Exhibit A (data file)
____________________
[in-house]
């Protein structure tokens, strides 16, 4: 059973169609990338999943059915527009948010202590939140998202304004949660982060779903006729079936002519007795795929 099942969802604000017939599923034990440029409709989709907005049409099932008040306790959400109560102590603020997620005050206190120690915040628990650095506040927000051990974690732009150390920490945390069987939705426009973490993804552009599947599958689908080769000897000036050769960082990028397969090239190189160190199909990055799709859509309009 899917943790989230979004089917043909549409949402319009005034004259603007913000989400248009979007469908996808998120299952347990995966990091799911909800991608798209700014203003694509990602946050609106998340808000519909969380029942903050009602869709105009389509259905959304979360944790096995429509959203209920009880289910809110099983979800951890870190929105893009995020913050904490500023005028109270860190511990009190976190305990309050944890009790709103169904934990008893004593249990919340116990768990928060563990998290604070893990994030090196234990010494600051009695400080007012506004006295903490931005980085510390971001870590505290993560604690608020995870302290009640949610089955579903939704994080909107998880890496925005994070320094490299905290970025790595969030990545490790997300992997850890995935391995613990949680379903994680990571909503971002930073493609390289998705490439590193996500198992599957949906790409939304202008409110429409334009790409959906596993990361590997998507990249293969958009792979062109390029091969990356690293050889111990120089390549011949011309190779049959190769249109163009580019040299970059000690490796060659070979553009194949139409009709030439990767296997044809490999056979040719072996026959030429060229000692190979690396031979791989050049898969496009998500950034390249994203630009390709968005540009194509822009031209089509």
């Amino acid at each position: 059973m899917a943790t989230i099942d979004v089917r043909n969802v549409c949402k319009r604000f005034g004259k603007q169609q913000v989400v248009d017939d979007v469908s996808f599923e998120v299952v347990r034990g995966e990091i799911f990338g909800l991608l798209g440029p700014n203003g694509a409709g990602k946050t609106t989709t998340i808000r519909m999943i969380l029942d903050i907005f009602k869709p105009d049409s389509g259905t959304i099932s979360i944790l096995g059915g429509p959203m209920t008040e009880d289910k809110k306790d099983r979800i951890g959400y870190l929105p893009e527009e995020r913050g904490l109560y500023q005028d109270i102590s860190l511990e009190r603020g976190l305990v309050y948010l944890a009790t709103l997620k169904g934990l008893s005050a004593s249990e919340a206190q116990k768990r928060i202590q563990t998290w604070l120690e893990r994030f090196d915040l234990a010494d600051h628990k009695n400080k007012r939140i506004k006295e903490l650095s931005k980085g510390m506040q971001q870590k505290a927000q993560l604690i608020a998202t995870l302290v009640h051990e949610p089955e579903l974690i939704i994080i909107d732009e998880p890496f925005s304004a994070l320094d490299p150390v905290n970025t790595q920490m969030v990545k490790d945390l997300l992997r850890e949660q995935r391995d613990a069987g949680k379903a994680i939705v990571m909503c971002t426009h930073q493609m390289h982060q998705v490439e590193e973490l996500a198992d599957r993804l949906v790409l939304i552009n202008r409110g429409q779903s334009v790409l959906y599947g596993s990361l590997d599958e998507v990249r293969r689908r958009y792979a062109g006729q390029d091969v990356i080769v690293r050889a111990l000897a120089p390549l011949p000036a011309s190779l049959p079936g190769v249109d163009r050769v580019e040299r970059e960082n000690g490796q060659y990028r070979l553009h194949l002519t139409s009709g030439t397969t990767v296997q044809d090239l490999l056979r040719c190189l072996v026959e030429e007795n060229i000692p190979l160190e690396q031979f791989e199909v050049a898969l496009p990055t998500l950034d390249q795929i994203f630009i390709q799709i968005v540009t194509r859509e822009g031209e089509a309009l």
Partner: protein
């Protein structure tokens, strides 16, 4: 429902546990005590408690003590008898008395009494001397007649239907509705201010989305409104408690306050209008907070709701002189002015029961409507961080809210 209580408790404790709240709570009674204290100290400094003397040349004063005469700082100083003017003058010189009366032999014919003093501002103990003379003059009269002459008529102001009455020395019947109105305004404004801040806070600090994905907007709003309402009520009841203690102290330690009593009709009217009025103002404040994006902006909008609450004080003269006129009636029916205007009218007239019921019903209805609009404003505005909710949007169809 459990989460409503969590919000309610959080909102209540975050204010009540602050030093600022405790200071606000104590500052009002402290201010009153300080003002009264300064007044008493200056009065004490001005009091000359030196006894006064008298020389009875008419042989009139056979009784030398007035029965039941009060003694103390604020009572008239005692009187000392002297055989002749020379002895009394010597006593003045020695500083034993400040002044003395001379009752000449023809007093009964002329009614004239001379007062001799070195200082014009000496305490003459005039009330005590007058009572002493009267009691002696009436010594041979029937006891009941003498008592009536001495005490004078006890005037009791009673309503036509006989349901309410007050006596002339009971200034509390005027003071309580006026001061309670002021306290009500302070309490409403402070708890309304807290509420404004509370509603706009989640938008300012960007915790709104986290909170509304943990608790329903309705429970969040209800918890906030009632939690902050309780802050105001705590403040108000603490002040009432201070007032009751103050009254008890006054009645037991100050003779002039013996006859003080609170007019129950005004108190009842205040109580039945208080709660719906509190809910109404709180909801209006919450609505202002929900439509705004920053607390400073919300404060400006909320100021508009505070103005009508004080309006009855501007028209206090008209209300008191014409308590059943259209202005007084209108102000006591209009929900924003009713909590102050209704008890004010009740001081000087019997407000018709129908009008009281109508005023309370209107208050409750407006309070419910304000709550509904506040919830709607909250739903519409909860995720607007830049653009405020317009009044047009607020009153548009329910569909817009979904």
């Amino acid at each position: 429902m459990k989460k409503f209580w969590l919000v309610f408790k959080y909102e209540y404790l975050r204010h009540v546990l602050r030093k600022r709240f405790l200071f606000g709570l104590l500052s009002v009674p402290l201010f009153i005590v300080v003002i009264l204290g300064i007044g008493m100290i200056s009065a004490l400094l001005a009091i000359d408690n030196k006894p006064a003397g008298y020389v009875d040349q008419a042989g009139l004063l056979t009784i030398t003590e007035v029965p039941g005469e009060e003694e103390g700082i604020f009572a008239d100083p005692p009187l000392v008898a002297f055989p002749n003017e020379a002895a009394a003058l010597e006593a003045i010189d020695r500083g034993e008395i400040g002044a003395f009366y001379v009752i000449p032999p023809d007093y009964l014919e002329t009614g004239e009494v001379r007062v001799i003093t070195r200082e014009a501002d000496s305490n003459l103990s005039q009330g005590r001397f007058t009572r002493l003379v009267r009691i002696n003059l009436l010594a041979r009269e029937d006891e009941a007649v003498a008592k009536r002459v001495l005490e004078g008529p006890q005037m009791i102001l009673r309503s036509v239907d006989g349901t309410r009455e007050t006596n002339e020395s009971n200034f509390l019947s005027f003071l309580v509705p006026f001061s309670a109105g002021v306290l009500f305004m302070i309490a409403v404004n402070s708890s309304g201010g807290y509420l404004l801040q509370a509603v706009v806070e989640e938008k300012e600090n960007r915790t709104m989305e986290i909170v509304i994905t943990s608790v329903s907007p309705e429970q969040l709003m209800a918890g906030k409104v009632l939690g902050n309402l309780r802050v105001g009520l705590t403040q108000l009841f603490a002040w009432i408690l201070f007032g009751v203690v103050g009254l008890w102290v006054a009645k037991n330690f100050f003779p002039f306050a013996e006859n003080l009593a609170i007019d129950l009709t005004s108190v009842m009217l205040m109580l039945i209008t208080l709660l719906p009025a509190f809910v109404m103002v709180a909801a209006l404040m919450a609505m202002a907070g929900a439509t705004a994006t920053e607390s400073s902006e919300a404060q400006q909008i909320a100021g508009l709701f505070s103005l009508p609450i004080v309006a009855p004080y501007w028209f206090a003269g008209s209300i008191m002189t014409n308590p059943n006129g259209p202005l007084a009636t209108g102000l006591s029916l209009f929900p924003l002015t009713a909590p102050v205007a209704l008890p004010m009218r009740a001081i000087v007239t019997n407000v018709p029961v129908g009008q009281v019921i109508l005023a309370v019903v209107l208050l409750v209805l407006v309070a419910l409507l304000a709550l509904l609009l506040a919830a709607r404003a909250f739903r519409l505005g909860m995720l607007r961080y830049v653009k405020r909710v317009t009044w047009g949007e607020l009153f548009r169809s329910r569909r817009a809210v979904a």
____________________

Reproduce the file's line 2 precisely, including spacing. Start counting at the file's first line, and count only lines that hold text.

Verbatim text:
């Protein structure tokens, strides 16, 4: 059973169609990338999943059915527009948010202590939140998202304004949660982060779903006729079936002519007795795929 099942969802604000017939599923034990440029409709989709907005049409099932008040306790959400109560102590603020997620005050206190120690915040628990650095506040927000051990974690732009150390920490945390069987939705426009973490993804552009599947599958689908080769000897000036050769960082990028397969090239190189160190199909990055799709859509309009 899917943790989230979004089917043909549409949402319009005034004259603007913000989400248009979007469908996808998120299952347990995966990091799911909800991608798209700014203003694509990602946050609106998340808000519909969380029942903050009602869709105009389509259905959304979360944790096995429509959203209920009880289910809110099983979800951890870190929105893009995020913050904490500023005028109270860190511990009190976190305990309050944890009790709103169904934990008893004593249990919340116990768990928060563990998290604070893990994030090196234990010494600051009695400080007012506004006295903490931005980085510390971001870590505290993560604690608020995870302290009640949610089955579903939704994080909107998880890496925005994070320094490299905290970025790595969030990545490790997300992997850890995935391995613990949680379903994680990571909503971002930073493609390289998705490439590193996500198992599957949906790409939304202008409110429409334009790409959906596993990361590997998507990249293969958009792979062109390029091969990356690293050889111990120089390549011949011309190779049959190769249109163009580019040299970059000690490796060659070979553009194949139409009709030439990767296997044809490999056979040719072996026959030429060229000692190979690396031979791989050049898969496009998500950034390249994203630009390709968005540009194509822009031209089509």